A comprehensive estate plan will have both a will and trust to ensure all financial and physical assets are distributed in an orderly manner after the death of an individual. The process of estate planning and the forming of trusts is currently covered under the Illinois Trusts and Trustees Act. However, starting January 1, 2020, it will be replaced by the Illinois Trust Accumulation Act.
Estate planning is considered an important milestone for an individual. The two main instruments used to either distribute financial and physical assets include a will, or a trust. Considering the fact both trusts and wills require careful planning and execution, consulting an experienced family attorney can help make the process and execution seamless.
The Need of a Will
A will is an important element of estate planning. It outlines a schedule of asset distribution and a list of wishes the court executes. A will is usually needed to enforce guardianship or provide authority to an individual to carry out specific tasks on your behalf. For example, if you are transferring assets to a minor, appointing a guardian to manage the distribution is one such wish. A will needs to be signed and witnesses by unrelated parties. It is possible to use a will to form a testamentary trust, which distributes assets through an insurance policy. These are made primarily for disabled individuals, young children, or relatives in your family or close circles.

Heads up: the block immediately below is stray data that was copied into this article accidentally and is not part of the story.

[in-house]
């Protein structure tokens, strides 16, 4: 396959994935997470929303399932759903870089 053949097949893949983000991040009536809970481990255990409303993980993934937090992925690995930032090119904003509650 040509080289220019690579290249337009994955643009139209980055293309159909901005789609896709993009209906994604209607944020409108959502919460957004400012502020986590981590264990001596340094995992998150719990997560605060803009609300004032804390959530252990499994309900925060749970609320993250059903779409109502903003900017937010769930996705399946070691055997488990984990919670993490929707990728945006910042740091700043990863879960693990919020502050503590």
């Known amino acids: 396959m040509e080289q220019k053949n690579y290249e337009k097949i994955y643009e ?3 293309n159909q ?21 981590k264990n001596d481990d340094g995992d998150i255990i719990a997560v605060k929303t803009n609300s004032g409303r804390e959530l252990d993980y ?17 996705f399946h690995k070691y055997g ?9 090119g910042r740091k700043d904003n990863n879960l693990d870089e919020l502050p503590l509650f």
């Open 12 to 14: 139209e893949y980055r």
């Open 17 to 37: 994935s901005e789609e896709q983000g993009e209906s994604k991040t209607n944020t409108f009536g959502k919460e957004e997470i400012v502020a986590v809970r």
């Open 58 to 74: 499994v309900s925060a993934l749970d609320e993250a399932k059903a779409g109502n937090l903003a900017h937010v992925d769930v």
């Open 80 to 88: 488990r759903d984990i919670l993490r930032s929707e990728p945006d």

The Need of a Trust
A trust is a legal agreement that brings together a grantor, a beneficiary and a trustee to manage and split assets under defined roles and rules. In Illinois, either a revocable living trust or an irrevocable living trust can be formed. A revocable living trust can be canceled, or modified during your lifetime. Here are some reasons you might consider forming a trust.
- Unlike a will, a trust can be used to avoid probate court proceedings as assets transferred or filed under a trust can be easily transferred to the trustee or beneficiary.
- A trust can safeguard assets from creditors, bankruptcies, or divorce proceedings.
- A trust supports disabled dependents who can use assets, combined with government benefits, to pay for medical expenses.
- Trust can also reduce estate taxes.
Making the right choice can safeguard your dependents from monthly probate court proceedings.
If you require assistance in writing a will or forming a trust and other family law related matter, then schedule a free consultation by contacting Casement Law Group at (847) 888-9300 to speak with an experienced family and real estate lawyer to help understand your rights and obligations.